Simply put, Valkyria Chronicles’ gameplay is absorbing, challenging and rewarding, just as it should be, with only a couple of minor annoyances such as moving Welkin’s tank often being unwieldy and a weird graphical anomaly if you shoot an enemy into water. Both minor issues in what is otherwise a fairly flawless game. With a running time of over 30 hours just to complete main story, plus the inclusion of all previously released DLC including hard skirmish missions and additional side stories, its budget price makes Valkyria Chronicles Remastered a steal too. And let’s not forget that being a game originally released before they were a thing, fans will be happy that they can now play through it and earn trophies along the way, adding replay value and bragging rights.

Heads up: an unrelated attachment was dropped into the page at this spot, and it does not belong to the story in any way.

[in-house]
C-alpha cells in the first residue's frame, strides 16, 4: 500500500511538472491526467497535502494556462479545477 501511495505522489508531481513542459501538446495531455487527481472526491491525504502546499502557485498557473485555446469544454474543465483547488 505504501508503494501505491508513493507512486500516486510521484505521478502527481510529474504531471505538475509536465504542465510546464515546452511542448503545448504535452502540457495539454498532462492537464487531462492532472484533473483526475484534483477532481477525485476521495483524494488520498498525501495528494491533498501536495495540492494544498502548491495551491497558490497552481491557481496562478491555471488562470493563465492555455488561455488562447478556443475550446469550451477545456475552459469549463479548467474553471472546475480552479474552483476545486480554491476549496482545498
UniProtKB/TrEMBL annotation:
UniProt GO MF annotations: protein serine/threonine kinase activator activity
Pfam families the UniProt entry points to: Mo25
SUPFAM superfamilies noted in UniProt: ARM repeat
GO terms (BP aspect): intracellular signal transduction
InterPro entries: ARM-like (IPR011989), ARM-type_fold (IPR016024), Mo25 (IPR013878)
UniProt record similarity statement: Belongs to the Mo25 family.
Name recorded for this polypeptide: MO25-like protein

All in all, Valkyria Chronicles was, and still is, one of the best strategy RPGs ever made, and this accomplished and very welcome PS4 port does it the justice it deserves. From its beautiful and timeless visuals to its engaging and often epic battles, everything about the game feels like it has been made with love and care, ensuring every moment spent with it is to be treasured. If you’ve never played Valkyria Chronicles before and are interested in the genre, consider this remaster a must-have. In fact, scrap that. If you just love games consider Valkyria Chronicles Remastered a must-have. This is a game so good, with such wide appeal, that I think even those who have never taken an interest in strategy RPGs before could find themselves enamoured with it. So go on. Buy it. Try it. You’re highly likely to not just like it, but love it.